View Full Version : Schools or programs that support kids with ADHD in Westchester, NY & surrounding area


TTP1034
07-15-14, 11:33 PM
My 7 year old son was diagnosed earlier this year with ADHD. He completed first grade at a White Plains public school but they have informed us that they will not be able to support him moving forward. During the CSE meeting we agreed to explore other options outside the school district. They provided us with a potential list of schools which we've since researched and in our opinion, neither meets our son's needs.

He is ADHD but not LD. He is average to above average academically and cognitively. We want him in an environment where he can thrive academically, socially and emotionally.

We are looking for recommendations of schools or programs within a school that you may be familiar with that are better suited for children with ADHD. It can be a public or private school. Any information or leads you can offer is appreciated. Thank you.

ccom5100
07-16-14, 11:58 AM
What symptoms does your son have that prevents them from being able to support him? Under the law, they have to provide a FAPE (free, appropriate, public, education).

Check out the wrightslaw website if you haven't done so already, to make sure that they are following the law. If you can't find a public school that you believe fits your child's needs, then they will have to pay for a private school.

The website also provides a list of advocates by State. It might be a good idea to work with one as they will probably know about the schools in the area and can offer some options.

zette93
07-16-14, 12:49 PM
The LivesInTheBalance website used to have a list of schools that were using their method with behaviorally challenging kids, but I can't find it now. You might try shooting them an email via their Contact tab.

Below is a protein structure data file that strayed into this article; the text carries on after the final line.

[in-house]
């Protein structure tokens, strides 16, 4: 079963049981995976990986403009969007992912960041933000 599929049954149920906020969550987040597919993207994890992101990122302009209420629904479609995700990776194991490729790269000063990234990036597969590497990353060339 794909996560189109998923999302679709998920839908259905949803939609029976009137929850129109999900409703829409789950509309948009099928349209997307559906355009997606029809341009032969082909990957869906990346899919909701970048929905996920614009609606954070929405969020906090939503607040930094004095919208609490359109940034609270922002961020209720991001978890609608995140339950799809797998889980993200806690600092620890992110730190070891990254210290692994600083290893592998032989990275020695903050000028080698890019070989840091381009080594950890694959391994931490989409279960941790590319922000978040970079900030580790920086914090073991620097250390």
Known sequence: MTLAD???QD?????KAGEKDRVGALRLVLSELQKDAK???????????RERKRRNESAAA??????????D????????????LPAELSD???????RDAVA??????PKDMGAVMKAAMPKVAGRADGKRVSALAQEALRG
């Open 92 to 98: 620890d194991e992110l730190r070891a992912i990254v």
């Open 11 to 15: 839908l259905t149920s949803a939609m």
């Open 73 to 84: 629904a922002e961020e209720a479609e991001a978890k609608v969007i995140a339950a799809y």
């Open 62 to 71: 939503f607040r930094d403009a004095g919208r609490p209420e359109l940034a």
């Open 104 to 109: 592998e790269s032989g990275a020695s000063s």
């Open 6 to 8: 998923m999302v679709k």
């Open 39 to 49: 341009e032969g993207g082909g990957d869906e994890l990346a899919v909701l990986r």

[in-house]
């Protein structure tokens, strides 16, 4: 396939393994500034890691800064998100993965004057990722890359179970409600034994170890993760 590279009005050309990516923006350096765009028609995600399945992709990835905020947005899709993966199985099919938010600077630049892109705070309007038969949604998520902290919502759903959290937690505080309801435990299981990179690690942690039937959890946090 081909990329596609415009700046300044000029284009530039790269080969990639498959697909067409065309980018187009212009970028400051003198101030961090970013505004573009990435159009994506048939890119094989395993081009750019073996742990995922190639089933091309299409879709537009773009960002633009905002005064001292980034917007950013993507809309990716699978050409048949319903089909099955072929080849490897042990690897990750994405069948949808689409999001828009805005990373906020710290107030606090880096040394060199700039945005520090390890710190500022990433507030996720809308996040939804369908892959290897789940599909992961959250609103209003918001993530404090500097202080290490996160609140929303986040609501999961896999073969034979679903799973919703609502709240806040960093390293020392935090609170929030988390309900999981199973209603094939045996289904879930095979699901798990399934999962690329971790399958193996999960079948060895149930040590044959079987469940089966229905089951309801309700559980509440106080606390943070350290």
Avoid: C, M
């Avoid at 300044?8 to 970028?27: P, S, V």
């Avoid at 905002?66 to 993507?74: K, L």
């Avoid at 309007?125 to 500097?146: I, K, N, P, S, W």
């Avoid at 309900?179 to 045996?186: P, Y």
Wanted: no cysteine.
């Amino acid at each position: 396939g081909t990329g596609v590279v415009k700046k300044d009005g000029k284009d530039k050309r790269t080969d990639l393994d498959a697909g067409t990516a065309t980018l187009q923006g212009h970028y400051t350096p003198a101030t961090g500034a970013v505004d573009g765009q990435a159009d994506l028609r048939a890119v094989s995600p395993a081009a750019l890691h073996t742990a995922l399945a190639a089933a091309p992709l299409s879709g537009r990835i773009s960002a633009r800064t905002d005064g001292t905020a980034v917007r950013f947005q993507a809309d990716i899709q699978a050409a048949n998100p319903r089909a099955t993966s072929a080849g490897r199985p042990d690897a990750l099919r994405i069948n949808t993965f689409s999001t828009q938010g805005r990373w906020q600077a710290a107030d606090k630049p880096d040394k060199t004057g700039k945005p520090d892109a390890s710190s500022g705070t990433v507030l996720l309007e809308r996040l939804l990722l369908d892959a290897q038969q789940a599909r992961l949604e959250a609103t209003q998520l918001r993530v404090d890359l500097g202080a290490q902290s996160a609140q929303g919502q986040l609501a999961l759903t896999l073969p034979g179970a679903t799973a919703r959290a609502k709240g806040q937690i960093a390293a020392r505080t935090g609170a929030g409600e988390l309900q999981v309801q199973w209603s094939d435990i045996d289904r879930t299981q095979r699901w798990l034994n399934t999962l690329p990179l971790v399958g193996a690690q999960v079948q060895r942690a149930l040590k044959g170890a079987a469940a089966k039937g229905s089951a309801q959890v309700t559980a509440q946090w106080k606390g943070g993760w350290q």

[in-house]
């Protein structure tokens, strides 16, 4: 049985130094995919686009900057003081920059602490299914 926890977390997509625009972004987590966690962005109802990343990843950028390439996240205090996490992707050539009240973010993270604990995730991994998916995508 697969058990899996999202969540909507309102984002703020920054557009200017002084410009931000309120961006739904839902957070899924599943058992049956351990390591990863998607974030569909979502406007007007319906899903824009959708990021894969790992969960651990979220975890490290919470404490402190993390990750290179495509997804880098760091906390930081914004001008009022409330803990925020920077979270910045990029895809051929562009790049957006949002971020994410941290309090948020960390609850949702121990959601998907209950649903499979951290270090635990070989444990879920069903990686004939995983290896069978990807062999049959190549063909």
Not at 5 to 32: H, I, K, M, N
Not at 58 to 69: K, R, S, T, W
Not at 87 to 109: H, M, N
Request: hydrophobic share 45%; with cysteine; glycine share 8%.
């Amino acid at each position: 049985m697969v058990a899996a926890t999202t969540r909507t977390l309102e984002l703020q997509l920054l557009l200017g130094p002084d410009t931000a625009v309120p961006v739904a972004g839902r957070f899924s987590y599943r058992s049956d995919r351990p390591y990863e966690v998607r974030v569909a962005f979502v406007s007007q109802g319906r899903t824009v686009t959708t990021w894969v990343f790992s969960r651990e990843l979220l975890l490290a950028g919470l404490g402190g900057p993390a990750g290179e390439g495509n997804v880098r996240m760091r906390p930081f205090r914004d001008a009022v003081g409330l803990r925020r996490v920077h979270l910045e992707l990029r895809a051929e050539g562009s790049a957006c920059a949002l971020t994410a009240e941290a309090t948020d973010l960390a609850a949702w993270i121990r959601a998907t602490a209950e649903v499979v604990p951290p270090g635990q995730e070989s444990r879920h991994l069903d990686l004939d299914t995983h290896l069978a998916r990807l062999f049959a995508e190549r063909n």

If you don't already have an educational advocate, I strongly urge you to get one. A good one should be familiar with the school options in your area and the nearby districts. (It may be that another district has a special day class geared toward kids with similar issues.) Also, the school is legally required to not just provide FAPE, but also to do it in the LRE (least restrictive environment). That means if it is possible to meet his needs by providing an aide, they have to do that instead of sending him to a special ed school (especially if that school is not keeping pace with the general ed curriculum.)

busymomonli
07-16-14, 02:21 PM
I am a little confused also. Did they say in what manner they are unable to support him. Behaviorally? Academically? I am also in NY, but our district gave me a hard time just granting him a 504 plan for ADHD. They made it seem like every other child out there has similar challenges.

TTP1034
07-16-14, 08:48 PM
My son has difficulty regulating himself and his emotional response which evolves into temper tantrums. He also requires one on one support to help him refocus when he is unable to keep on task. At the CSE meeting this week which was our first to identify eligibility, they indicated that because of the one on one he requires, he is not able to be part of an inclusion classroom. We just moved here last year so I am not too familiar with the district but my understanding is that inclusion classrooms is all they have to offer. They agreed for us to look outside the district.

I reached out to Student Advocacy today to schedule a consult. I explained my situation and she was shocked that the committee went straight to a self contained environment and agreed to out of district placement without first trying an inclusion setting. I shared the list of schools with her and she said they are all schools who mainly work with kids on the Autism spectrum. I sent over all his records and we'll meet once she's reviewed them.